Starting a retirement plan? keep it simple

As the name suggests, a SIMPLE – short for Savings Incentive Match Plan for Employees – is a simplified type of qualified retirement plan available to the self-employed and other small business owners. This type of plan has proven popular with its close cousin, the Simplified Employee Retirement (SEP), due to its ease of administration.

Icing on the cake: the implementation of each community for the improvement of retirement

The (SECURE) law provides additional tax incentives for the use of qualified plans such as SIMPLE. Notably, the SECURE Act increases the maximum credit available to start a plan to $5,000 and creates a new credit of up to $500 per year for auto-enrollment plans.

Before we go any further, know that you can set up one of two variations of a SINGLE, the IRA version or the 401(k) version, but the IRA version is much more common. For these purposes, we will refer to a SIMPLE as being synonymous with the SIMPLE-IRA version.

Basic premise: To qualify to use a SIMPLE, the company cannot employ more than 100 workers. This includes all employees who earned at least $5,000 in the previous year. An employee who has received at least $5,000 in compensation in the previous two years and who expects to receive at least that amount in the current year is also eligible to participate in the plan.. If you wish, your company can set up less restrictive eligibility requirements.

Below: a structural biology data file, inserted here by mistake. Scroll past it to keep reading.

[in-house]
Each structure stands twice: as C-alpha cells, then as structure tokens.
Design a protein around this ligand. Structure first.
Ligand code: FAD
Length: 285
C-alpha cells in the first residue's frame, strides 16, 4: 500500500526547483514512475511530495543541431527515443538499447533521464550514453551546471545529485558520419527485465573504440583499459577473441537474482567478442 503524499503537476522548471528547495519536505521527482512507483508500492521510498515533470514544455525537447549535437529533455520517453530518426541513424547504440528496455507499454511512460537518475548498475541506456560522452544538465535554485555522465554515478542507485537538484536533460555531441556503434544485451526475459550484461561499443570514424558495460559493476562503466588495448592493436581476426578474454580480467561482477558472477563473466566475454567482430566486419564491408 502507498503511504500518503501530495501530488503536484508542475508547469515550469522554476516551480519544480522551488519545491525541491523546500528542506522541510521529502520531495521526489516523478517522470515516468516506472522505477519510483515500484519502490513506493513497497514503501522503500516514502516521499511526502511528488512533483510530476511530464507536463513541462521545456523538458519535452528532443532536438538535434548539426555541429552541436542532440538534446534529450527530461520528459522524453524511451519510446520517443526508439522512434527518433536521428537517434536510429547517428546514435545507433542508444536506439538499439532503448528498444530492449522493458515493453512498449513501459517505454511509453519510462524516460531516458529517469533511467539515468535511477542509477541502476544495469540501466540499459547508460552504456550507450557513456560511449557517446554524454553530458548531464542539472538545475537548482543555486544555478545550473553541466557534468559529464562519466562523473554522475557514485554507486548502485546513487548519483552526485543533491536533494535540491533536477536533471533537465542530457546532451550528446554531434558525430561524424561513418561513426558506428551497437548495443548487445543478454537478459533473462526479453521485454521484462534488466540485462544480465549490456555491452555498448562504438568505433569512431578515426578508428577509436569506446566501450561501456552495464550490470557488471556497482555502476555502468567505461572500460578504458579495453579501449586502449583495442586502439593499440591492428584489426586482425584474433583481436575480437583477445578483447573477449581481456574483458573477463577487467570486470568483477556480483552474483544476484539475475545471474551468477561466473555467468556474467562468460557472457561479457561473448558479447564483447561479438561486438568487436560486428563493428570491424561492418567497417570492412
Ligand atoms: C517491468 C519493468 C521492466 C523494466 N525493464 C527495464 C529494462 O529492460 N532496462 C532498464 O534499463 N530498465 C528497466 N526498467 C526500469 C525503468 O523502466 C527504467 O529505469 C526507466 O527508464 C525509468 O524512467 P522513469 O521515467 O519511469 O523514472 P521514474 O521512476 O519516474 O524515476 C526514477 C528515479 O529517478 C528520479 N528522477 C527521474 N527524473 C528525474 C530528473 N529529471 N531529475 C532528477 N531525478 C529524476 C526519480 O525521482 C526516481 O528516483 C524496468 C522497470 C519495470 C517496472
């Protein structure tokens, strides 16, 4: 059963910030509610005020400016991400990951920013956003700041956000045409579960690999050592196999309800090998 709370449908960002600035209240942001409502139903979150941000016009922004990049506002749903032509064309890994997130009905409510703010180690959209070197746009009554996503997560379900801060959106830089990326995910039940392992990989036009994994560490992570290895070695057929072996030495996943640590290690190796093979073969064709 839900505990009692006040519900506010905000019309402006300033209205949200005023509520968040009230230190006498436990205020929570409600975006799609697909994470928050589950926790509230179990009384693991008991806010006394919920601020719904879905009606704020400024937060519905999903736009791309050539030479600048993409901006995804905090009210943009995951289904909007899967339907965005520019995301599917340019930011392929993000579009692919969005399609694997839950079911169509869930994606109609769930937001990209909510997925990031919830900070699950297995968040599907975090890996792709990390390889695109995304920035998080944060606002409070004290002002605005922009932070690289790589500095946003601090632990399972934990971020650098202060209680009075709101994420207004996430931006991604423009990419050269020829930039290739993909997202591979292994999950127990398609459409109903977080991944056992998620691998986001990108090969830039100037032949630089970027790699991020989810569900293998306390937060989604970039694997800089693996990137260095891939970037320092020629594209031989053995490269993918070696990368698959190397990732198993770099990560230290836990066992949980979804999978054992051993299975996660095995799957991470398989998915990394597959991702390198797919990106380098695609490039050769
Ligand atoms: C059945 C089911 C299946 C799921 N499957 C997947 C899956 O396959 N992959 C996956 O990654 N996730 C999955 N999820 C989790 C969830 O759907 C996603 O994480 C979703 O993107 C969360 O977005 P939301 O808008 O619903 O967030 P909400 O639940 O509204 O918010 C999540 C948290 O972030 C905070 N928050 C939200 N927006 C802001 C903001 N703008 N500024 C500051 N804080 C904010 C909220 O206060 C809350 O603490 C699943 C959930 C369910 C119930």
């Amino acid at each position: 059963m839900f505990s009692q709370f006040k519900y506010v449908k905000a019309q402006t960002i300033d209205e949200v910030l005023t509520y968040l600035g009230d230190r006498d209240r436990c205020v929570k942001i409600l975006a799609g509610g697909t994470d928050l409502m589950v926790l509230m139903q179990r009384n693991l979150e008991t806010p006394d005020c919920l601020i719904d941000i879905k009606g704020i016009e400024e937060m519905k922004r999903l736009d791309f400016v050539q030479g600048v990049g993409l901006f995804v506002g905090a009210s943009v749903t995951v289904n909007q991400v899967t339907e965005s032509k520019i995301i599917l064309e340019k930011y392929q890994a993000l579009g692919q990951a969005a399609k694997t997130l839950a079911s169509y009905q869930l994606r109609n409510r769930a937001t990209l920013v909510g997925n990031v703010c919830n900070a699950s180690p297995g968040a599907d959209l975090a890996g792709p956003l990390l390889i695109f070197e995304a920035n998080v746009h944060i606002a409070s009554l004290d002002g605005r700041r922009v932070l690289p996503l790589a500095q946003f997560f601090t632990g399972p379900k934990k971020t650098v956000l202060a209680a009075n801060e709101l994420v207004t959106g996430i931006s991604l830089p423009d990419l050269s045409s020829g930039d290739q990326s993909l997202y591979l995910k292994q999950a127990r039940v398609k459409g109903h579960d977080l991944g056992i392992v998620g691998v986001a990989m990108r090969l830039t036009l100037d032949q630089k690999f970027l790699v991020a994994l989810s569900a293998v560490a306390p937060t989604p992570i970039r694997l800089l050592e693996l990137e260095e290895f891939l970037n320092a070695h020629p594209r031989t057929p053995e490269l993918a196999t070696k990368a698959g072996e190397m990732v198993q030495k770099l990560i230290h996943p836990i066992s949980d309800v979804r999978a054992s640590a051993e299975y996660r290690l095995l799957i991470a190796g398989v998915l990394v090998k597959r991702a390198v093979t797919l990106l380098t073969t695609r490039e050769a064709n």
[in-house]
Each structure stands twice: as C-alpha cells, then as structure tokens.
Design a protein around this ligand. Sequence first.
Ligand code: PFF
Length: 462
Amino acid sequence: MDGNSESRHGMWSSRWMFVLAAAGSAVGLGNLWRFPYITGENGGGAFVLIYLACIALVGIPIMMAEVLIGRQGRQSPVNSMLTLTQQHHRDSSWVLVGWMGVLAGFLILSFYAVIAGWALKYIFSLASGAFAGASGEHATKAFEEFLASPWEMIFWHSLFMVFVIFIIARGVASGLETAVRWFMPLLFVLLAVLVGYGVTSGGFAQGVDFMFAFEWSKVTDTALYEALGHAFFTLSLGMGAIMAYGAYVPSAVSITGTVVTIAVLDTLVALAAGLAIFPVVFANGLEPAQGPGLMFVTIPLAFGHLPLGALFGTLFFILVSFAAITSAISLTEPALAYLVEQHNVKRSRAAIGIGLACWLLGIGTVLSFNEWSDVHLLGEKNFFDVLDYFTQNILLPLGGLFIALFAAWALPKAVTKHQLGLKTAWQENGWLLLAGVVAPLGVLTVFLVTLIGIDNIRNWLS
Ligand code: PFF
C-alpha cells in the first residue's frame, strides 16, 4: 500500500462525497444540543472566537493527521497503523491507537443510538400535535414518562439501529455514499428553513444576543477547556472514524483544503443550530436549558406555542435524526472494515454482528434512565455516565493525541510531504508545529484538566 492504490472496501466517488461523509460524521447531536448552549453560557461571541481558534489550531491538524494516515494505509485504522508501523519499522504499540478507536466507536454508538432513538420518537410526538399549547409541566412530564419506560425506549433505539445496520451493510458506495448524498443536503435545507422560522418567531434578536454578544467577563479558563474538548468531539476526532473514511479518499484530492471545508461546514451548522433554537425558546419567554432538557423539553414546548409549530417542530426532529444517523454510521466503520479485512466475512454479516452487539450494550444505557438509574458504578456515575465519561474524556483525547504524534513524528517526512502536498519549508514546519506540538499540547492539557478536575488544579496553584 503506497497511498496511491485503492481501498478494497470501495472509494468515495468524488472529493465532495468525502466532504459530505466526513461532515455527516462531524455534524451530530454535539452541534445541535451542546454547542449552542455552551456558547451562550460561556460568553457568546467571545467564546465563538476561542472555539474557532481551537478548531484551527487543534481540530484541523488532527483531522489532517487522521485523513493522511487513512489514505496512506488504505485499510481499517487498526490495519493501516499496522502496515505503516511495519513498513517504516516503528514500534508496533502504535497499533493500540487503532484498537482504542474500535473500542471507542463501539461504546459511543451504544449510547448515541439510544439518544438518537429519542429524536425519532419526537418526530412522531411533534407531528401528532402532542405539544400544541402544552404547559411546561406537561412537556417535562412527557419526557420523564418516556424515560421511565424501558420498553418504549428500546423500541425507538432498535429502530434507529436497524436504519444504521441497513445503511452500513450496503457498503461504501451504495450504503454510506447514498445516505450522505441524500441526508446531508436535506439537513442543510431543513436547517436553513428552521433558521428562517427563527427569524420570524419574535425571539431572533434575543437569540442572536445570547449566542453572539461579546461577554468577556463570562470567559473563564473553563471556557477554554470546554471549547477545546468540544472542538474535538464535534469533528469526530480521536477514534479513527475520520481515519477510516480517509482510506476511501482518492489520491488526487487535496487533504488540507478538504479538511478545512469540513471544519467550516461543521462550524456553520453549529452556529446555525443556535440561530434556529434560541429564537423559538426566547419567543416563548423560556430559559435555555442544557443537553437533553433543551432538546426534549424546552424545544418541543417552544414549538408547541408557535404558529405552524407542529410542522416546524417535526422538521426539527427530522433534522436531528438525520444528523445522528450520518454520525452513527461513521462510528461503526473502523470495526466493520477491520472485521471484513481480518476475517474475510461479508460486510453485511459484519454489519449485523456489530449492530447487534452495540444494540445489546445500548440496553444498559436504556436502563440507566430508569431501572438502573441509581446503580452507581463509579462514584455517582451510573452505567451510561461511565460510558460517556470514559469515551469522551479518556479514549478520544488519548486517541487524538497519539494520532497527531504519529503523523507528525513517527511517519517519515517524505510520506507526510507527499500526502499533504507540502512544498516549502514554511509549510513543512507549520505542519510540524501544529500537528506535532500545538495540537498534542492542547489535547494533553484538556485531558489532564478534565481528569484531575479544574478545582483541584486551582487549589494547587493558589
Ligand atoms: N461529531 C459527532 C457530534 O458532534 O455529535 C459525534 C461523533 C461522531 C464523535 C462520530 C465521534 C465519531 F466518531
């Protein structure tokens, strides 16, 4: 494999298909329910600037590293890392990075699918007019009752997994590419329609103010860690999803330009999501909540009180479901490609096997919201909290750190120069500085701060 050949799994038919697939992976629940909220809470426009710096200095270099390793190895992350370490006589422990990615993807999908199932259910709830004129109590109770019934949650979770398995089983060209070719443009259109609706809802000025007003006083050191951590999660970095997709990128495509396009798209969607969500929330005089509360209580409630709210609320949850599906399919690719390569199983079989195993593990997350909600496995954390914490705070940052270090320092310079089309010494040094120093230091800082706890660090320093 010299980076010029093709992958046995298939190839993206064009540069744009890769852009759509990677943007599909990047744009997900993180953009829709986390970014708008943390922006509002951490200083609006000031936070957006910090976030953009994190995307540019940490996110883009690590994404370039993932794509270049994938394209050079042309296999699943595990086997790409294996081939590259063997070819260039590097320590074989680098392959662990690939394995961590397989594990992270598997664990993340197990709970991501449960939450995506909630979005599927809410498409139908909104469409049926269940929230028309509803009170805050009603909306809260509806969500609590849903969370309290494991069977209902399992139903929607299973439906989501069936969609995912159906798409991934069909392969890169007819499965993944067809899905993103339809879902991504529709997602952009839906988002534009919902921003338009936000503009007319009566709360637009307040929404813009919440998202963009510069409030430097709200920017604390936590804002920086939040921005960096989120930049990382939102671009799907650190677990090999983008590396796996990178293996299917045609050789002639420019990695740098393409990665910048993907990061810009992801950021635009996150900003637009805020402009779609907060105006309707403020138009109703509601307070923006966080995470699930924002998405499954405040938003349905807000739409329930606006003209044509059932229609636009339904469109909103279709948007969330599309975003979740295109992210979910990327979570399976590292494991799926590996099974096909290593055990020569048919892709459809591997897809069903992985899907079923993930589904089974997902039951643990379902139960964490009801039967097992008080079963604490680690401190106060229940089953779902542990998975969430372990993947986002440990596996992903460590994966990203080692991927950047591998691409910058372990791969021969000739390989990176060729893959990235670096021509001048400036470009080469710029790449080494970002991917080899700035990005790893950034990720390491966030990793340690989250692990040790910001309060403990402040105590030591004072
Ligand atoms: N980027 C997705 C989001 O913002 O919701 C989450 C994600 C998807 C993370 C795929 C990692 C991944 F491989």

The contribution limits for SINGLES are adjusted annually. For 2022, eligible employees can choose to contribute up to $14,000. Additionally, an employee age 50 or older can add a “catch-up contribution” of $3,000, for a grand total of $17,000.

As a general rule, the employer must make voluntary matching contributions of up to 3% of remuneration (but not less than 1% in no more than two out of five years) or non-voluntary contributions of 2% of the remuneration of each eligible employee (based on a maximum compensation of $305,000 in 2022). These contributions are deductible by the employer.

Like SEPs, contributions to a SINGLE vest immediately. Thus, employees have the option of withdrawing funds from the plan at any time, but withdrawals made before the age of 59.5 are subject to a tax penalty, in addition to ordinary income tax, at unless a special tax exception applies.

Tax alert: Usually the penalty for early withdrawals from a qualifying plan is 10%, but this penalty is multiplied to 25% during the first two years of participation in a SIMPLE. After two years, early withdrawals will incur the standard penalty of 10%.

Additionally, the regular rules for Required Minimum Distributions (RMDs) apply after a SINGLE participant reaches age 72 (increased from age 70.5 by the SECURE law), as with other plans qualified. To continue the tax deferral, the funds can be transferred into a traditional IRA.

Know that time is on your side as a SIMPLE set-up before October 1, 2022 is effective for plan year 2022. This gives additional flexibility to a self-employed or other small business owner. Finally, you do not have to file an annual return for the plan. SIMPLE, right?


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